Debra J. Saunders

It turns out that it's easier to herd Democrats than it is to herd cats -- because Democrats heed the same powerful special interests. Big labor and big business interests could lose big if there's a regime change in Sacramento. They have made it clear that they'll deep-freeze any Dems who help the recall effort. Statewide officeholders pliantly pledged not to run for governor if there is a recall election -- even Dems who say they don't like Gumby.

But once a recall date is set, one of two scenarios likely will happen:

In the first, state Democratic Party Chairman Art Torres will have crawled on broken glass for a distance sufficient to sway Sen. Dianne Feinstein to run.

DiFi leads in the Times' July 2 poll with 25 percent of registered voters favoring her. In a crowded field, 25 percent is king. Er, queen.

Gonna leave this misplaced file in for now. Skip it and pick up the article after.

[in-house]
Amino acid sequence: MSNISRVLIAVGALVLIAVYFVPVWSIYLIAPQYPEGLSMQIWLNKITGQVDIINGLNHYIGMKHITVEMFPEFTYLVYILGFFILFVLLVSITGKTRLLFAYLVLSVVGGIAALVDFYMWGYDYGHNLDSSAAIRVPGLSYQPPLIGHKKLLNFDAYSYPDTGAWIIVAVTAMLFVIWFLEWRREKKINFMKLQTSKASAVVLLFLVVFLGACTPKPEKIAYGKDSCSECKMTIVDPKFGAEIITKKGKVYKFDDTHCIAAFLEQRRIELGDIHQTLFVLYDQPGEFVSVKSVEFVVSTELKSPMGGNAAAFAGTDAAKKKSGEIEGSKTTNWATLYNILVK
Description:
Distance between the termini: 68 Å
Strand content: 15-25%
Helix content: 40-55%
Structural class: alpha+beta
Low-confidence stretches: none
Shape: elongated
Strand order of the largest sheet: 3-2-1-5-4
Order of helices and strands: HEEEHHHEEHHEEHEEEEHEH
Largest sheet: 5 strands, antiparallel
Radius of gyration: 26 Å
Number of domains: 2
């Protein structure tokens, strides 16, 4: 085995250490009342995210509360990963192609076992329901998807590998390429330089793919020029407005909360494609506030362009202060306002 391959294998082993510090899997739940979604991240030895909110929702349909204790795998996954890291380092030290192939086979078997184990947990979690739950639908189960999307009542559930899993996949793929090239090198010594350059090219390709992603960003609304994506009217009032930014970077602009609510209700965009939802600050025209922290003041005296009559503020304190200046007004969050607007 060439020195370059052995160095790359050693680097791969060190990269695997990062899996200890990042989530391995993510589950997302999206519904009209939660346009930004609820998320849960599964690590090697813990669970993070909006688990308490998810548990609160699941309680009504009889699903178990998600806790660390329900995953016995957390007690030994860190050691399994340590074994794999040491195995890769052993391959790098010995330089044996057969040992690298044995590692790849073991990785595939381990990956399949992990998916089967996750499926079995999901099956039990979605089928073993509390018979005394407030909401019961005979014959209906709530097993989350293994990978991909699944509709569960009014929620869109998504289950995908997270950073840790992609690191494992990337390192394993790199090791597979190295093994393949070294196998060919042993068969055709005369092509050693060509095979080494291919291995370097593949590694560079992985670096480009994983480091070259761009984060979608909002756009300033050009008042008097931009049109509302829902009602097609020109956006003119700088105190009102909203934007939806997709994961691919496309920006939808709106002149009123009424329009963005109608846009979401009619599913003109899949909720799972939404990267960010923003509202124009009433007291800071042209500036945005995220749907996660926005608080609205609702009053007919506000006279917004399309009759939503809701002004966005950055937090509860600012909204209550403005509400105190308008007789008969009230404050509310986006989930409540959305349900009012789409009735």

The minute Feinstein announces, Davis is history.

Or, in the second: At least one statewide Democrat gets in the race, despite his promise not to. Democratic Party adviser Bob Mulholland tells me I'm wrong, but the shortest lifespan in California is that of a principle standing in the way of a Democratic victory.

State Democrats are not going to countenance a statewide ballot on which no Democrat appears. And because the Dems have so much to lose, they can impose discipline on party members to limit the field.

But what can the Republican leadership withhold -- a share of the public's scorn?

Because the Republicans have nothing to lose, they can't impose discipline and they can't win.

Debra J. Saunders

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